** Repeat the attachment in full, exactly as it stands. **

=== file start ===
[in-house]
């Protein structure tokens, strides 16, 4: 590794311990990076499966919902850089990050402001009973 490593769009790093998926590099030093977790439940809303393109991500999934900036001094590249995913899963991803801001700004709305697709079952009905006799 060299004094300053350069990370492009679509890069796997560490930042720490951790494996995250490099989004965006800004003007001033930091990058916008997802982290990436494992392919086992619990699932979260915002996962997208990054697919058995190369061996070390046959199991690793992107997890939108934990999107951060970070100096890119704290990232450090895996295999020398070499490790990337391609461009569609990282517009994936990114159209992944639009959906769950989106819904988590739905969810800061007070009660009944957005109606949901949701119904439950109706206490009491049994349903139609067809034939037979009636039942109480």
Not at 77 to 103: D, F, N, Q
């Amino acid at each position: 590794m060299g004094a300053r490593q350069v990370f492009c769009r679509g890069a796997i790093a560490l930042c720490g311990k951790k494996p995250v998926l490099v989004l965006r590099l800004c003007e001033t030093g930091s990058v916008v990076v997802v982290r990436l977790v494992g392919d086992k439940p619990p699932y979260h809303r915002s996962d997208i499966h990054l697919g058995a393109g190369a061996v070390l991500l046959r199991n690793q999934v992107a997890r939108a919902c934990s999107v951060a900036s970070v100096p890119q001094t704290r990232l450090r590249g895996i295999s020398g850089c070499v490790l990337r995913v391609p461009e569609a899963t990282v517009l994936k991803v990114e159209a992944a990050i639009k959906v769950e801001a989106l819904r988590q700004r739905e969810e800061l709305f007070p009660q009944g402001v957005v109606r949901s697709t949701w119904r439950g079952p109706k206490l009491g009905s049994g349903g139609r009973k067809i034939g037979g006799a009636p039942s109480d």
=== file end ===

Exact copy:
[in-house]
């Protein structure tokens, strides 16, 4: 590794311990990076499966919902850089990050402001009973 490593769009790093998926590099030093977790439940809303393109991500999934900036001094590249995913899963991803801001700004709305697709079952009905006799 060299004094300053350069990370492009679509890069796997560490930042720490951790494996995250490099989004965006800004003007001033930091990058916008997802982290990436494992392919086992619990699932979260915002996962997208990054697919058995190369061996070390046959199991690793992107997890939108934990999107951060970070100096890119704290990232450090895996295999020398070499490790990337391609461009569609990282517009994936990114159209992944639009959906769950989106819904988590739905969810800061007070009660009944957005109606949901949701119904439950109706206490009491049994349903139609067809034939037979009636039942109480």
Not at 77 to 103: D, F, N, Q
């Amino acid at each position: 590794m060299g004094a300053r490593q350069v990370f492009c769009r679509g890069a796997i790093a560490l930042c720490g311990k951790k494996p995250v998926l490099v989004l965006r590099l800004c003007e001033t030093g930091s990058v916008v990076v997802v982290r990436l977790v494992g392919d086992k439940p619990p699932y979260h809303r915002s996962d997208i499966h990054l697919g058995a393109g190369a061996v070390l991500l046959r199991n690793q999934v992107a997890r939108a919902c934990s999107v951060a900036s970070v100096p890119q001094t704290r990232l450090r590249g895996i295999s020398g850089c070499v490790l990337r995913v391609p461009e569609a899963t990282v517009l994936k991803v990114e159209a992944a990050i639009k959906v769950e801001a989106l819904r988590q700004r739905e969810e800061l709305f007070p009660q009944g402001v957005v109606r949901s697709t949701w119904r439950g079952p109706k206490l009491g009905s049994g349903g139609r009973k067809i034939g037979g006799a009636p039942s109480d």